Sermons > Passion Sunday


10 Apr 2011

 “Some of them went to the Pharisees and told them what Jesus had done.”  (John 11:46)            (+)

The church’s liturgy at this time of the year helps us to better appreciate the mystery of all that we are remembering during these sacred days leading up to Easter.  The church’s appearance today takes on the somber tones of the Passiontide.  The images of Jesus and His companions are covered in shrouds throughout the Sanctuary.  There’s a starkness to the church that can’t be overlooked.  Even a child can notice and ask “why?”.  And the answer is that Jesus was forced into seclusion.  He was forced to flee from public notice.  Jesus could sense that His death was imminent, but He had to make sure that it wasn’t premature.  He had to prepare His disciples as best He could before events surrounding Him grew out of His control.  He was no longer to be seen in public, and now His image is no longer seen among us here.  Because of this, all vestiges of glory are stricken from the Mass.  Along with the Gloria that has been absent throughout Lent, we now also remove all the doxologies, from my prayers with the acolytes before Mass, during the Offertory and at the liturgy’s conclusion.  All of this connects us with the mystery of the Passion.  We’re not only remembering what once happened to Jesus.  We’re sharing in a truth that is timeless.  What happened 2,000 years ago happens now.  Jesus is still shunned and ridiculed.  He is still forced to retreat into seclusion because the world doesn’t feel comfortable with His message or His example.  This is the mystery of the Passion that surrounds us and that we must face and come to terms with if we are to truly participate in the joy and hope of Easter.

Passion Sunday confronts us with the unpleasant truth that Jesus was and is willfully rejected by us in the world.  Take today’s Gospel as an example.  Everyone has heard of the Lazarus story.  We may not all know the details, but I think all of us can put together Lazarus and raised from the dead.  It remains still today one of the outstanding miracles of Jesus’ ministry.  It’s hard to forget a story about a man dead for four days who is then called out of the tomb by Jesus.  It’s hard to erase the picture of Lazarus walking out of the tomb still bound by his burial clothes.  Hear again the description as John tells the story:  “The dead man came out, tied hand and foot with burial bands, and his face was wrapped in a cloth.” (11:44)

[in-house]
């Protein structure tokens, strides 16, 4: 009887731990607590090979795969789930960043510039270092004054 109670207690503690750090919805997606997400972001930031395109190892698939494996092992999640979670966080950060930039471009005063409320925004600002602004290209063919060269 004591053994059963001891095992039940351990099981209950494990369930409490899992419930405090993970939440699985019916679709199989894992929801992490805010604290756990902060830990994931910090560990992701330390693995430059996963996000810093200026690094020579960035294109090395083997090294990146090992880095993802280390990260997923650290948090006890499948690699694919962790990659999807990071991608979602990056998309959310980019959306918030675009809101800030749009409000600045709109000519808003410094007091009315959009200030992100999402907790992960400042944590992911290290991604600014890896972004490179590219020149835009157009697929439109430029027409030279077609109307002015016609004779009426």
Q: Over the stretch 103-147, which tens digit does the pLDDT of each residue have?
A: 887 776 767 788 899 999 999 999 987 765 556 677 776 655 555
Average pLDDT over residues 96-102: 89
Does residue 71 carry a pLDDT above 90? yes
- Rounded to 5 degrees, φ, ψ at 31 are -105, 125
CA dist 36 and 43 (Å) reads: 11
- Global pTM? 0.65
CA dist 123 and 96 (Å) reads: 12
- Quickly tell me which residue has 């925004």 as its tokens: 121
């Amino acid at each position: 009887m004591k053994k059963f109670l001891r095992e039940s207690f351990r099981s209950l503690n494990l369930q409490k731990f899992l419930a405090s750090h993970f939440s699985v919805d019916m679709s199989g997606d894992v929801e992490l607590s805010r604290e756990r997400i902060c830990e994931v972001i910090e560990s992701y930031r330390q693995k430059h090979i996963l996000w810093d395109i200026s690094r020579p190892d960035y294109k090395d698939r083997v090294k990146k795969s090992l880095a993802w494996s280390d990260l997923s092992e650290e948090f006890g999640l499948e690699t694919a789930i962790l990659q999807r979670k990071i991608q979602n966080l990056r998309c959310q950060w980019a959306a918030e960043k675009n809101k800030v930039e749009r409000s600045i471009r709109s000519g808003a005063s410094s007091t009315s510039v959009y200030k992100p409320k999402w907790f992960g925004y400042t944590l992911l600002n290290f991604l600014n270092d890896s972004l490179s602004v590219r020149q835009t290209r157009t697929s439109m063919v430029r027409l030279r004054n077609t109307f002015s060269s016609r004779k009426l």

One of the details that we may not always remember about this story is that before Jesus calls Lazarus forth from the tomb, Jesus prays out loud to God in heaven.  Jesus invokes the name of the heavenly Father, and Jesus comes right out and says that He does this “because of the crowd” and for the purpose that “they may believe that you sent me.” (11:42)  Last weekend we read the story of Jesus’ cure of the man born blind.  Jesus’ enemies agreed that a miracle had taken place, but they would not credit this act of power to God.  They called Jesus a sinner.  “‘We know that God spoke to Moses,’” they said, “‘but we do not know where this one is from.’” (Jn. 9:29)  Now Jesus, in the name of the God in heaven, raises Lazarus from the dead.  So now the question about Jesus’ origin and authority has been answered.  The ones who doubted should now be reassured.  Lazarus is standing before them still wrapped in his burial clothes.  But how does today’s Gospel end?  With the news that some of the witnesses go and report this greatest of miracles to the Pharisees; and as we will hear next Sunday, the news only hastens their decision to kill Jesus.  This problem of miracles is what I’ll be discussing at our Lenten session on Wednesday evening in Conway for any who may be interested.